Mary Oneida Toups: A 20th Century French Quarter Witch

Witchcraft

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Mary Oneida Toups:

A 20th Century French Quarter Witch

Today, Witches are coming out of the broom closet loud and proud. No longer worried about those pesky burning stakes or a bad reputation, witchery has almost become a trend for modern women. Maybe Ryan Murphy triggered our inner Gold Dust Woman, or perhaps we ran out of F*&$# to give and learned to appreciate our magick. 

For many of those who play with crystals and pull oracle cards on the full moon, their only reference to historical witches in the US is those poor gals in Salem. But down in the Bayou, and not too long ago, New Orleans welcomed a Mississippi sorceress when Mary Oneida Toups arrived in the Crescent City. High Priestess Mary paved the way for those who practice Witchcraft as a creed. She validated the sanctity and grew her coven into a legitimate church. 

Who was this Witchy Woman? 

Witchcraft in New Orleans

Everyone knows there are witches in New Orleans. Part of the Big Easy’s history that has sustained the test of time is the legend, lore, and life of Marie Laveau, The Voodoo Queen of New Orleans. American Horror Story created an entire season around New Orleans witches. And kudos to Mr. Murphy for finding a place to mention the mysterious Mary Oneida Toups. 

 Back in the ’70s, Mary Oneida Toups led an alternative coven down here. ~ Fiona Goode. 

But Ms. Mary was worth more than a mere mention. Her legacy is mysterious, intriguing, and groundbreaking. She blew into town with a mission, and it was either pure drive or some serious spell-casting, or maybe both, that put New Orleans Witchcraft on the esoteric map of magickal places for occult practices.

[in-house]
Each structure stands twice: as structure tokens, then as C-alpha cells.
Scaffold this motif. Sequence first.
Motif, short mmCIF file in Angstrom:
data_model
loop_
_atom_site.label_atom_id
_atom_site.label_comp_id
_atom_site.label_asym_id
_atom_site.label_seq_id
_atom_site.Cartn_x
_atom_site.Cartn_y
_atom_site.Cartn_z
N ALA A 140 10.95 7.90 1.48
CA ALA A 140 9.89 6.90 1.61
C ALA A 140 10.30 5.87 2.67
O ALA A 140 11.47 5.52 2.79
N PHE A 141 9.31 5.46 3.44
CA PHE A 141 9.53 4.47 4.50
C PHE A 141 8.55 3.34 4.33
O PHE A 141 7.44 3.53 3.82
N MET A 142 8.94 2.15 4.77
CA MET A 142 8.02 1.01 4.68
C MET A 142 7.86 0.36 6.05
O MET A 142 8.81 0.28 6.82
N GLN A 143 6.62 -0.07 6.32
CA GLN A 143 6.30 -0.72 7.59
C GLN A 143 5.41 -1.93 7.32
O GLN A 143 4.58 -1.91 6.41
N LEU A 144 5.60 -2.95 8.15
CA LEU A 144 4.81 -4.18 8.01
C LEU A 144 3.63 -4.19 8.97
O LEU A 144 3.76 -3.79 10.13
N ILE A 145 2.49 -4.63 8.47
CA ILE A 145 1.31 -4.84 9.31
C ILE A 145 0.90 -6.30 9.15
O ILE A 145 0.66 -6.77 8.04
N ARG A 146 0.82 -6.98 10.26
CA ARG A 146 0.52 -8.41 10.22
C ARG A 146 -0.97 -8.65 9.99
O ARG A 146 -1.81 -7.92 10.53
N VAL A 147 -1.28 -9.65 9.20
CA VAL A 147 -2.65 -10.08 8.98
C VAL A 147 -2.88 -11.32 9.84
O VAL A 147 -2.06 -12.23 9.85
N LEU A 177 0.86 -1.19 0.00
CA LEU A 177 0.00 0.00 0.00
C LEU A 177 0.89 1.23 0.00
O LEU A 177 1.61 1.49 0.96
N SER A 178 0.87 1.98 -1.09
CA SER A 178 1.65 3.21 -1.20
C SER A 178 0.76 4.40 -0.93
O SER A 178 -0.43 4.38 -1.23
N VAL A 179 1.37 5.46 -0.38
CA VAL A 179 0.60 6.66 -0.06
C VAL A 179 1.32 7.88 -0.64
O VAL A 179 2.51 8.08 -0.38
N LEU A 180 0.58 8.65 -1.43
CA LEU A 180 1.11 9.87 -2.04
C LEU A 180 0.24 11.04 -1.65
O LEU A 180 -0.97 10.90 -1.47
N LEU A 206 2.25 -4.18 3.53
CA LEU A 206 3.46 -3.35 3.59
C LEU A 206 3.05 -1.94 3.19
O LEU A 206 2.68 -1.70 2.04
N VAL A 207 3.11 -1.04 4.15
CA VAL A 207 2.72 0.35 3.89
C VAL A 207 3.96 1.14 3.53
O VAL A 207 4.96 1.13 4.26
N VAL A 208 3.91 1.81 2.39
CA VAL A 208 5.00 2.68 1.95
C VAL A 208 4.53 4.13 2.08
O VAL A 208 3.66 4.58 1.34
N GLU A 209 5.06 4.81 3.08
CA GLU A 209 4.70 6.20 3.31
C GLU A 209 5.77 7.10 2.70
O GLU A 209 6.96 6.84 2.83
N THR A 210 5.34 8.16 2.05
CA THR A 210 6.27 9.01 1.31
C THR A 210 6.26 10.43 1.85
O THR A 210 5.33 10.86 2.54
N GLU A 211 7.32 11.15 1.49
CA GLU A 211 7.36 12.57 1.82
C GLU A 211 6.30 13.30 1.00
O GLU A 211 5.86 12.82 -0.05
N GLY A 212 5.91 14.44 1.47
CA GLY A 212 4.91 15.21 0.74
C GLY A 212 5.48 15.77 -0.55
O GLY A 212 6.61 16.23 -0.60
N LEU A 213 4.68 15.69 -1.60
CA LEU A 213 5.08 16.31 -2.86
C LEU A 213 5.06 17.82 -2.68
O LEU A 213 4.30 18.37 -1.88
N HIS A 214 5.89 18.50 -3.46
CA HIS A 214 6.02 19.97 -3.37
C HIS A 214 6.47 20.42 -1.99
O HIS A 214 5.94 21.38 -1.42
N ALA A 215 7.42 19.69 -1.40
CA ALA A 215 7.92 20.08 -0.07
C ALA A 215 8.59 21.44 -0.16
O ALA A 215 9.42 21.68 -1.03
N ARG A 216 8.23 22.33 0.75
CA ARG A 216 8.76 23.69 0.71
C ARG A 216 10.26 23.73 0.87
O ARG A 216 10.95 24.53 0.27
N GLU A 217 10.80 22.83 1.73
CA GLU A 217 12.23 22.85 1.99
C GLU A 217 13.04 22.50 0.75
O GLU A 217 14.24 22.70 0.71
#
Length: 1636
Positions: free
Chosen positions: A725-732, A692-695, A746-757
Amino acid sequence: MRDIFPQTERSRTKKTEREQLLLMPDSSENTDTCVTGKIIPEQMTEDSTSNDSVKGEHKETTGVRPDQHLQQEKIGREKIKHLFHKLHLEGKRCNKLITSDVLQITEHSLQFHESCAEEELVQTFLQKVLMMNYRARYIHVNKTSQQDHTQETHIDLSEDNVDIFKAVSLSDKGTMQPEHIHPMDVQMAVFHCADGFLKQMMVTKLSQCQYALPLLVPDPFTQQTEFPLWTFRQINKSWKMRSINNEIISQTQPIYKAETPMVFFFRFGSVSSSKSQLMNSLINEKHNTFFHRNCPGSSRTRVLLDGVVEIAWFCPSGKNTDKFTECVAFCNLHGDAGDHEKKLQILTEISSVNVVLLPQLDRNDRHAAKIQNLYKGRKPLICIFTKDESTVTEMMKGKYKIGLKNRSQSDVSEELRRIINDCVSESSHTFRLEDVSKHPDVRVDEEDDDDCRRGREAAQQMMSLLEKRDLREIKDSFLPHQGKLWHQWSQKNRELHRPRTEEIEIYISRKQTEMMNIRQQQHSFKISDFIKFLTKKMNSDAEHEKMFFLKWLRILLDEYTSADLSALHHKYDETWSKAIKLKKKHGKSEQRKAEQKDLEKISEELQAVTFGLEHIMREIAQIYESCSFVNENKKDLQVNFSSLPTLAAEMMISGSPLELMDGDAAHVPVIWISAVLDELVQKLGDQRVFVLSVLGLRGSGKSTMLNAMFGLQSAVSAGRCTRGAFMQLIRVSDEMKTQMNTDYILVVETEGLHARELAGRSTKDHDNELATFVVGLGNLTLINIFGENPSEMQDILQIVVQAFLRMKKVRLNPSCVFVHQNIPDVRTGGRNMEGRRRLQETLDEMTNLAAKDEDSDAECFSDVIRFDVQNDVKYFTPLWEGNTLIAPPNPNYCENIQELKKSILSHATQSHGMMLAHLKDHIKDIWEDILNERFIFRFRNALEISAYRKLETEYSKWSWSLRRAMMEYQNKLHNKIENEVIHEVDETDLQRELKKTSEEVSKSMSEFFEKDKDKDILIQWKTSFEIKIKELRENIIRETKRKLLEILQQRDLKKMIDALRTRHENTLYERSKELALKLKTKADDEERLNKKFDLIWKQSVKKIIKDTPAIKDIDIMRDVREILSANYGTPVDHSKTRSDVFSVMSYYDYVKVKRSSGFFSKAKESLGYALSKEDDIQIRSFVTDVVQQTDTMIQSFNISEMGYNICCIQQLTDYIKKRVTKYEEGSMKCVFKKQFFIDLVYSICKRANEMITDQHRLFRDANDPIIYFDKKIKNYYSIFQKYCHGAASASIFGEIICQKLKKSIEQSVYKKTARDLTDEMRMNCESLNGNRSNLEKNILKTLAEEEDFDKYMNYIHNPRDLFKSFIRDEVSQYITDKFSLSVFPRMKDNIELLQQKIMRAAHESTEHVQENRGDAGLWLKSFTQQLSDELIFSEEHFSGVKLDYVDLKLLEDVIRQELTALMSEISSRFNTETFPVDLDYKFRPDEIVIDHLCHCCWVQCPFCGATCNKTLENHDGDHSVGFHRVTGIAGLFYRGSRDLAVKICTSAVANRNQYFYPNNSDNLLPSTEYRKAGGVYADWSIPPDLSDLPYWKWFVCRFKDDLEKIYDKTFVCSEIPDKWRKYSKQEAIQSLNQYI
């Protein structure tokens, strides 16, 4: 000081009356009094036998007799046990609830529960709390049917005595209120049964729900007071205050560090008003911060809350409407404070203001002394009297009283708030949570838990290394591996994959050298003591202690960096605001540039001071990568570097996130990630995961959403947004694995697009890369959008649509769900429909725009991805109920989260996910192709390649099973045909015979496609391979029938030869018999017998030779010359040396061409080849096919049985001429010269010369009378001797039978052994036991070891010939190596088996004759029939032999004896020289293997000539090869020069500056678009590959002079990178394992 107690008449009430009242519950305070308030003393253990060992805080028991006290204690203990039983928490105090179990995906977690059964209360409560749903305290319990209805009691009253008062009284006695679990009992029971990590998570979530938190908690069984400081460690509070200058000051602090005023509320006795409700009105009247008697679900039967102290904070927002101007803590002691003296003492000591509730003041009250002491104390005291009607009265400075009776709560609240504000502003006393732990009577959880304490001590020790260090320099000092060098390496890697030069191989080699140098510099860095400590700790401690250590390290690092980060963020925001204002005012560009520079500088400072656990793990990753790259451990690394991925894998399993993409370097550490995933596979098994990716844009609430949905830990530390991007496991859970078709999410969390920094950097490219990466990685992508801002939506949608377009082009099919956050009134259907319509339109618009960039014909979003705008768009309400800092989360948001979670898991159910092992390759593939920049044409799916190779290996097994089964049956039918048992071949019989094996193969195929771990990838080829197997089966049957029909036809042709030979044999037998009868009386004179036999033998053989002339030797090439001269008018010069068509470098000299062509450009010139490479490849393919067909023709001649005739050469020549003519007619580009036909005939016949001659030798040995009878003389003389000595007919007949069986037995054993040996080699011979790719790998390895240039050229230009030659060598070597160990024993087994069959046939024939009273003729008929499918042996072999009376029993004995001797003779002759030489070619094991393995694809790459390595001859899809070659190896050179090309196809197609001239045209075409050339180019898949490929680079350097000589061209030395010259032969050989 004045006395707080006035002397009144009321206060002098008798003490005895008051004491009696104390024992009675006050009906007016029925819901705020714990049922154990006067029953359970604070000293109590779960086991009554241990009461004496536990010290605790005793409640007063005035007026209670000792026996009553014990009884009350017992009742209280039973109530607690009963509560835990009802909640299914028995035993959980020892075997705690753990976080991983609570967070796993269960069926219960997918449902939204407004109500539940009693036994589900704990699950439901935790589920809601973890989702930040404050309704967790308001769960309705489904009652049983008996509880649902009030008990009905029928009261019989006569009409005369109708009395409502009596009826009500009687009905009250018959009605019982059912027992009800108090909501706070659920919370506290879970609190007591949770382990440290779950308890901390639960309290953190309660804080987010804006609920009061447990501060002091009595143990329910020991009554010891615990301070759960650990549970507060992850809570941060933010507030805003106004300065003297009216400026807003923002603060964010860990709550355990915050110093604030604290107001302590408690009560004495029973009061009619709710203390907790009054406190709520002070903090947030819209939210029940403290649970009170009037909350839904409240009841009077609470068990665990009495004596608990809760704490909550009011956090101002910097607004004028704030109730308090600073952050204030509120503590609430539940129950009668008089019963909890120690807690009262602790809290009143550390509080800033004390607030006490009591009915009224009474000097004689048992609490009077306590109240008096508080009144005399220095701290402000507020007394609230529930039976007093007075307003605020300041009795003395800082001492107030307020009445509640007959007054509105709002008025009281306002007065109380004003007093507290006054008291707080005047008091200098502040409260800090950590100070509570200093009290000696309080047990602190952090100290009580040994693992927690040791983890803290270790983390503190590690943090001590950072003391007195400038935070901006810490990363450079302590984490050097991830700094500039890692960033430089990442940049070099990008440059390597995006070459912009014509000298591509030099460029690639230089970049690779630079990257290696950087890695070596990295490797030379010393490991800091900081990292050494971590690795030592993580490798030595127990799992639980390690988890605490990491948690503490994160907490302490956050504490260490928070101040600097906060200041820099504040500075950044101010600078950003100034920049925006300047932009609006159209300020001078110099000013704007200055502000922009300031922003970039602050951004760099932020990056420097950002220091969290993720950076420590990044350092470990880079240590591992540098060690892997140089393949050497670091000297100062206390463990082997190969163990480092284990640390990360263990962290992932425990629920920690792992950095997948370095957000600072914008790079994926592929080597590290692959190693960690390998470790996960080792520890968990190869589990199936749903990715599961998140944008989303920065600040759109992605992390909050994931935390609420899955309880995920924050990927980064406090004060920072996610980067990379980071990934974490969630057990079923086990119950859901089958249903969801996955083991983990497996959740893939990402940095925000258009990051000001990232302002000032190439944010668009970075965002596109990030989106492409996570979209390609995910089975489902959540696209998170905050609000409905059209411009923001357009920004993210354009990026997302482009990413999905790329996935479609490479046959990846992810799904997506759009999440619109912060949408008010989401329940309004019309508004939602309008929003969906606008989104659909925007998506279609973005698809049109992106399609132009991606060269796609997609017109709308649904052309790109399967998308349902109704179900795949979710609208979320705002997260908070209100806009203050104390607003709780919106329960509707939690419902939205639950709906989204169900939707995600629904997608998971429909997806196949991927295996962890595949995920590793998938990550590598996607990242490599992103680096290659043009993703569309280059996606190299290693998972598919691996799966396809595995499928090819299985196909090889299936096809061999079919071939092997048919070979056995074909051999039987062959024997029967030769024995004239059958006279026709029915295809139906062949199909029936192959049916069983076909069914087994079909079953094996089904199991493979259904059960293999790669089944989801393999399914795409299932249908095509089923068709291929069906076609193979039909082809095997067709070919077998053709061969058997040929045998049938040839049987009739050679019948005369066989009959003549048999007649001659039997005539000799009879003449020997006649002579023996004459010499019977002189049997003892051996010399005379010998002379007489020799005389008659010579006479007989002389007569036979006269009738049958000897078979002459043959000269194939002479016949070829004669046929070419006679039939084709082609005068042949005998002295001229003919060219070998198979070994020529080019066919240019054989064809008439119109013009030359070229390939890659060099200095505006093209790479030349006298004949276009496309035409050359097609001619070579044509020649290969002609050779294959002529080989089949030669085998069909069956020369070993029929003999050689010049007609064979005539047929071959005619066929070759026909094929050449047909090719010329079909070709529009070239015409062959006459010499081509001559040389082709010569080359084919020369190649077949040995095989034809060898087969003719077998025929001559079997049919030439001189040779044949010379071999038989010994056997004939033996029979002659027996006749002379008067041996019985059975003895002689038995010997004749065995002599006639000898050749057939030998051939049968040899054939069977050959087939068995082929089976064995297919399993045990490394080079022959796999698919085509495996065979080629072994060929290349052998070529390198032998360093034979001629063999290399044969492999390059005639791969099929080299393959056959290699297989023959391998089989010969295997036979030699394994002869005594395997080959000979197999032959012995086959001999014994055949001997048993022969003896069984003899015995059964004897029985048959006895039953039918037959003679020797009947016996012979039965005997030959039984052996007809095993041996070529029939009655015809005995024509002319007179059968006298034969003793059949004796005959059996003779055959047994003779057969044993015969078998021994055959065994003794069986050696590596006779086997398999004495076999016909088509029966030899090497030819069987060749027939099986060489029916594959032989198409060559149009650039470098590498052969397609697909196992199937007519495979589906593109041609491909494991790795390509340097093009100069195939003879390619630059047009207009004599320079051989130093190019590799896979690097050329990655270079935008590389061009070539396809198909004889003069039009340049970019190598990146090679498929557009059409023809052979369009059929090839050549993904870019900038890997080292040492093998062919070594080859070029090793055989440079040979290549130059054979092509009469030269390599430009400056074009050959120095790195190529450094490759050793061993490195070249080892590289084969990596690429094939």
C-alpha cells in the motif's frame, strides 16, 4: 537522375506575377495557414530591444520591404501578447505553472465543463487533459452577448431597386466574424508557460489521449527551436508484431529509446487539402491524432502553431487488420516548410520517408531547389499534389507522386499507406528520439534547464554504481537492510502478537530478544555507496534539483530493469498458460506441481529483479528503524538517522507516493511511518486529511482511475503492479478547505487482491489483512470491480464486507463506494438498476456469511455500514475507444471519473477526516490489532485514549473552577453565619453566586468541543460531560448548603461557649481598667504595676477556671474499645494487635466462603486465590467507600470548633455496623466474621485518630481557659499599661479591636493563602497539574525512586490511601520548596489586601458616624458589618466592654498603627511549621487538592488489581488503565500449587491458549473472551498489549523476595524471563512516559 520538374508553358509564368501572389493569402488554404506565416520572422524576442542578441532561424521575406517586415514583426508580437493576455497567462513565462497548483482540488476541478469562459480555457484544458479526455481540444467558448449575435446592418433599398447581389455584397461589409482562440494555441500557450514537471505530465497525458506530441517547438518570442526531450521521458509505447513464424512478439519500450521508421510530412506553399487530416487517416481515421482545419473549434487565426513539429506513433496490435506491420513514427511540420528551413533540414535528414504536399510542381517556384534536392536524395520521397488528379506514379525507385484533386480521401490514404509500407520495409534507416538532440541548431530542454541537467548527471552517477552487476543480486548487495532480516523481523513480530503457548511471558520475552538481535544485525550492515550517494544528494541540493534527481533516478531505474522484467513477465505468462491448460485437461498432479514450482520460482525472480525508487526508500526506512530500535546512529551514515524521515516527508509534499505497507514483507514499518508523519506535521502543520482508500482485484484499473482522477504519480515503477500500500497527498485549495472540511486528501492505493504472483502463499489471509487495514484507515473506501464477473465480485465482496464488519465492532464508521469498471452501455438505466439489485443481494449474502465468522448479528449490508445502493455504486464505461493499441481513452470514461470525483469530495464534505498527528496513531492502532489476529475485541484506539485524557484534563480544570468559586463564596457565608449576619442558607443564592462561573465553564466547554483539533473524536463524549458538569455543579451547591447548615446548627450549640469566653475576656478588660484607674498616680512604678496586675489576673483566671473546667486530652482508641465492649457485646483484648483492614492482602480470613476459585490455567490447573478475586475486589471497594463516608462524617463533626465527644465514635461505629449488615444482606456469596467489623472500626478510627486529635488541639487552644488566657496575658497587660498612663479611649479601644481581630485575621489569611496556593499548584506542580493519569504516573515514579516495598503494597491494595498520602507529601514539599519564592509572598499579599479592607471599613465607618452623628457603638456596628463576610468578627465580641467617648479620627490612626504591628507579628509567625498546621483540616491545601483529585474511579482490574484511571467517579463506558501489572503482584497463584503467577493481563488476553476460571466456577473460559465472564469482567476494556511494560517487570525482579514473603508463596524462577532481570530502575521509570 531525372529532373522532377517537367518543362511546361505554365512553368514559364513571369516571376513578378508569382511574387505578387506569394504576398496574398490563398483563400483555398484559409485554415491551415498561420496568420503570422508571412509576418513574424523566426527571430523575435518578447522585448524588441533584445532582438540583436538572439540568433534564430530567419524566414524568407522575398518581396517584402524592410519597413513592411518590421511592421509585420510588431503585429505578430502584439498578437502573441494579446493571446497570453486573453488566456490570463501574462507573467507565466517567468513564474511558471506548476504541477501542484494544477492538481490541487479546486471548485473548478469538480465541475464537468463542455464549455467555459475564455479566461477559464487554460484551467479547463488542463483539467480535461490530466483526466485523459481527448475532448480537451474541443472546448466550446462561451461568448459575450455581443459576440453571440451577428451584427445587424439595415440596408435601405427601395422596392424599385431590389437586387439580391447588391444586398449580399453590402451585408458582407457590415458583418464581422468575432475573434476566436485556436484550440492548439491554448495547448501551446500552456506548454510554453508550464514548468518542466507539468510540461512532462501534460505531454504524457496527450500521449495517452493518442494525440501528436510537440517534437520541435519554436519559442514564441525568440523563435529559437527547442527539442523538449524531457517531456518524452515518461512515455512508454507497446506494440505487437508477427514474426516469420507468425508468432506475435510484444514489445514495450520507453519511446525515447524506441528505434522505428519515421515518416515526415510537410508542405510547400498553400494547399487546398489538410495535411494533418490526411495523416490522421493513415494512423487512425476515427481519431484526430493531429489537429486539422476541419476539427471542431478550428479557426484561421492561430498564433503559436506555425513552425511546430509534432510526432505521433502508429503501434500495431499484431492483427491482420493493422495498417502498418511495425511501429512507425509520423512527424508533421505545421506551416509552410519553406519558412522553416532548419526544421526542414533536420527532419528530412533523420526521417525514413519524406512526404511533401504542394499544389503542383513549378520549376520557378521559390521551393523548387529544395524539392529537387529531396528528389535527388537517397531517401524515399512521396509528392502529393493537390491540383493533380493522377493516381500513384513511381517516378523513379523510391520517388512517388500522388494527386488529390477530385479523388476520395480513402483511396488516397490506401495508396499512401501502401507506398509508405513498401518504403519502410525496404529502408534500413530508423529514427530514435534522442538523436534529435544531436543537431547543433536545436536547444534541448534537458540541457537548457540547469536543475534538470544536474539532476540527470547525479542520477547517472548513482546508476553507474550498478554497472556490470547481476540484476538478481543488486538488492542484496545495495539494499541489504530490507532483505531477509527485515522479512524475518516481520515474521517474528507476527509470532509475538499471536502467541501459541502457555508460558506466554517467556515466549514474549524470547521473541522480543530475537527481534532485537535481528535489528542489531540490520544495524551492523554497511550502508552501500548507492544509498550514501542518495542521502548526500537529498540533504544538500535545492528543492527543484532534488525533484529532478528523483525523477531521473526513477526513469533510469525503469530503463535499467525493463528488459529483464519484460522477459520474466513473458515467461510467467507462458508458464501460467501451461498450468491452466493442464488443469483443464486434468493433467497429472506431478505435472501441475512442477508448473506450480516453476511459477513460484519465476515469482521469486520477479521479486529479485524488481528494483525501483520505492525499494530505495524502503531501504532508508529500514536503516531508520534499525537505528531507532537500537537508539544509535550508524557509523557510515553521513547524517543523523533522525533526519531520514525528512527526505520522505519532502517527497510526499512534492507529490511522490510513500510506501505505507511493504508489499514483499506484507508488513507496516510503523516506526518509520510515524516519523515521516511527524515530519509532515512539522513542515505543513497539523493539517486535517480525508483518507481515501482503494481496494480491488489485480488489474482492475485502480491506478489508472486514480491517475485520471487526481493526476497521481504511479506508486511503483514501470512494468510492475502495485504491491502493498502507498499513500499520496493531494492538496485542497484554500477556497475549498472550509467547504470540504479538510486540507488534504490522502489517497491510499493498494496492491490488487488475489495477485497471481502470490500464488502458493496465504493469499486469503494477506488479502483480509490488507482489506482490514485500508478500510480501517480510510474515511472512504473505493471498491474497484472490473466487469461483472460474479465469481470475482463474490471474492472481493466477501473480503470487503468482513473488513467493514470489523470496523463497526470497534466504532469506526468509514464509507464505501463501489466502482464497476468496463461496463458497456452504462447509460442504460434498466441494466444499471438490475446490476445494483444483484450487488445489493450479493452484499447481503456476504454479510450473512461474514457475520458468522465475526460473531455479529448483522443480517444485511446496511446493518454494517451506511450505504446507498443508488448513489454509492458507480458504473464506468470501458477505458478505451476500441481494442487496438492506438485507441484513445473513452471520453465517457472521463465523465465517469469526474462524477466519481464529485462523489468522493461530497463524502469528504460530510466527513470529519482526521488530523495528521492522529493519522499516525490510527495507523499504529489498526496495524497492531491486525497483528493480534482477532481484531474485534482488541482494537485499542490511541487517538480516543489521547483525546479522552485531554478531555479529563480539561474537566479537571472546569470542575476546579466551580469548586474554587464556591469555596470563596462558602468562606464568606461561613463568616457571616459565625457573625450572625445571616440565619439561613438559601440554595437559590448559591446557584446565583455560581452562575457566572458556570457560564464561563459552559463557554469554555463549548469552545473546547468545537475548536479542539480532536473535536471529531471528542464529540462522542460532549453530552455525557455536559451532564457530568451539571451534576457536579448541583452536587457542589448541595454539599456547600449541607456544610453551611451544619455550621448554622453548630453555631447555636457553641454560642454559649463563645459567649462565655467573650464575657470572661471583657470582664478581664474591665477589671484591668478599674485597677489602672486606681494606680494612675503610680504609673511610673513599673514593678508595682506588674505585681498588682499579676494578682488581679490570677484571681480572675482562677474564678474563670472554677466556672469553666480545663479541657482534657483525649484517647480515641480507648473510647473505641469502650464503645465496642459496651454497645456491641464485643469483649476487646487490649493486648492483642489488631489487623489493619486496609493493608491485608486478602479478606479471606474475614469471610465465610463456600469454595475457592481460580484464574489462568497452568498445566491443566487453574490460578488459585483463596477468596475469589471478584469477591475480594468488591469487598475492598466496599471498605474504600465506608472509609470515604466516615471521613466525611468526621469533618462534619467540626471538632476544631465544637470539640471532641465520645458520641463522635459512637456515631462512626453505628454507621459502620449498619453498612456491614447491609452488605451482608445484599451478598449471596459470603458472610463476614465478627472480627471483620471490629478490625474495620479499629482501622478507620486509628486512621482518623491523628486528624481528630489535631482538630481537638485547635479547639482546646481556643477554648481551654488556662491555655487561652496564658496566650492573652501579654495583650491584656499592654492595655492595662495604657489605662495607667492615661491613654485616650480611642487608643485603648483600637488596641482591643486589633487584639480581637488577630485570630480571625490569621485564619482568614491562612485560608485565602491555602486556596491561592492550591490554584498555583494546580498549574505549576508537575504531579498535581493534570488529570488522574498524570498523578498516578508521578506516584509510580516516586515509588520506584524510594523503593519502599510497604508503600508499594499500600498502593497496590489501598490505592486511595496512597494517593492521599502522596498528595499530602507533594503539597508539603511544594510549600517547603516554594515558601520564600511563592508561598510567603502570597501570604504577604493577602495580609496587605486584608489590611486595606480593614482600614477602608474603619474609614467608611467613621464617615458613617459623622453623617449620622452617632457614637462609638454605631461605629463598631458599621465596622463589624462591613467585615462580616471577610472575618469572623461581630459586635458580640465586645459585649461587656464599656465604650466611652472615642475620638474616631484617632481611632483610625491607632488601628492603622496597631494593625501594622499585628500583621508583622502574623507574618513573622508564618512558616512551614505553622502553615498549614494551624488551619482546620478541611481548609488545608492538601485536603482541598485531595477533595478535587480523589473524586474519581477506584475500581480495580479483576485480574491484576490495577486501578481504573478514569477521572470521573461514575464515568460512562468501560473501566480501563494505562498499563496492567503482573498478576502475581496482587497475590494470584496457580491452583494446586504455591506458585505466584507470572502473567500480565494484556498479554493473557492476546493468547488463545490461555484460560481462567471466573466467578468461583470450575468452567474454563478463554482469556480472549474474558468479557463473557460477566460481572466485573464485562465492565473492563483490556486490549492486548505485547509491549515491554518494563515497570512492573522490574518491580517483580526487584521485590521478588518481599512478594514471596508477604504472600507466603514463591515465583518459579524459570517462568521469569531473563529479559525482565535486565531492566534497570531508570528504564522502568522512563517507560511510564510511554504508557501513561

Mid-Century Modern Magick

In the 1960s, the West Coast was buzzing with New Age gurus and communes, and New Orleans was bumping with their own brand of woo-woo. In 1966, Anton Lavey founded his Church of Satan in San Francisco. And in 1968, at 39 years old, Mary Oneida Toups left her home in Meridian, Mississippi, to cultivate her craft and plant her roots in New Orleans. 

The 1960s in New Orleans had their own evolution of occultism. Dr. John was screaming about gris-gris and vodou as he created his Night Tripper image, which may have contained more truth than fiction. As Mary settled into her new home, her path would inevitably cross with Dr. John’s.

Albert “Boots” Toups, a native of the Lower Ninth Ward, was a high-degree Freemason who liked to dip his toes in Santeria and rootwork. The stars aligned when Boots met Mary, and they would become a Wicked French Quarter Power Couple. Boots encouraged Mary to master her craft, and together, their magick was unstoppable. 

In 1971,  Ms. Mary opened her Witch’s Workshop at 521 St. Philip Street in the French Quarter. She sold candles, sprays, oils, and, for those really serious about their rituals, bats’ hearts. Journalist Horace Sutton was intrigued by Mary. Horace and Mary sat down for a chat, and Horace bravely inquired about the dead bats on the shelf, “It’s important to sell people the whole dried bat so they can be confident it’s the real thing and not some old chicken heart.” A witchy businesswoman with integrity.